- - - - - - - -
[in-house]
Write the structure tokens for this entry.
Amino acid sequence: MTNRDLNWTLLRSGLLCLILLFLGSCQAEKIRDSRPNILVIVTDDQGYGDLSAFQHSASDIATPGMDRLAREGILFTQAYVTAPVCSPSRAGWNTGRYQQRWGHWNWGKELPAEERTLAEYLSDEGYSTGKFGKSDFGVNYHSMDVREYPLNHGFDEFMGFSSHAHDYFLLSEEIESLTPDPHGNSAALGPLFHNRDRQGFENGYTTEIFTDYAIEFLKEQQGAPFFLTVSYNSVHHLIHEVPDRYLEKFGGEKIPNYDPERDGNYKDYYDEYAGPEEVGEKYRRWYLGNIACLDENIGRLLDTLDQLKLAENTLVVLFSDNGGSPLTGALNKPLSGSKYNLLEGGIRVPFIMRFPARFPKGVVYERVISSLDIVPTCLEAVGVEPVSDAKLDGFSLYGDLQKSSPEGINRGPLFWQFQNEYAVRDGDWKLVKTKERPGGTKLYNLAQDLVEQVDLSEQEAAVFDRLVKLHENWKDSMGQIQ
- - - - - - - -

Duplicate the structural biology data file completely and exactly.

[in-house]
Write the structure tokens for this entry.
Amino acid sequence: MTNRDLNWTLLRSGLLCLILLFLGSCQAEKIRDSRPNILVIVTDDQGYGDLSAFQHSASDIATPGMDRLAREGILFTQAYVTAPVCSPSRAGWNTGRYQQRWGHWNWGKELPAEERTLAEYLSDEGYSTGKFGKSDFGVNYHSMDVREYPLNHGFDEFMGFSSHAHDYFLLSEEIESLTPDPHGNSAALGPLFHNRDRQGFENGYTTEIFTDYAIEFLKEQQGAPFFLTVSYNSVHHLIHEVPDRYLEKFGGEKIPNYDPERDGNYKDYYDEYAGPEEVGEKYRRWYLGNIACLDENIGRLLDTLDQLKLAENTLVVLFSDNGGSPLTGALNKPLSGSKYNLLEGGIRVPFIMRFPARFPKGVVYERVISSLDIVPTCLEAVGVEPVSDAKLDGFSLYGDLQKSSPEGINRGPLFWQFQNEYAVRDGDWKLVKTKERPGGTKLYNLAQDLVEQVDLSEQEAAVFDRLVKLHENWKDSMGQIQ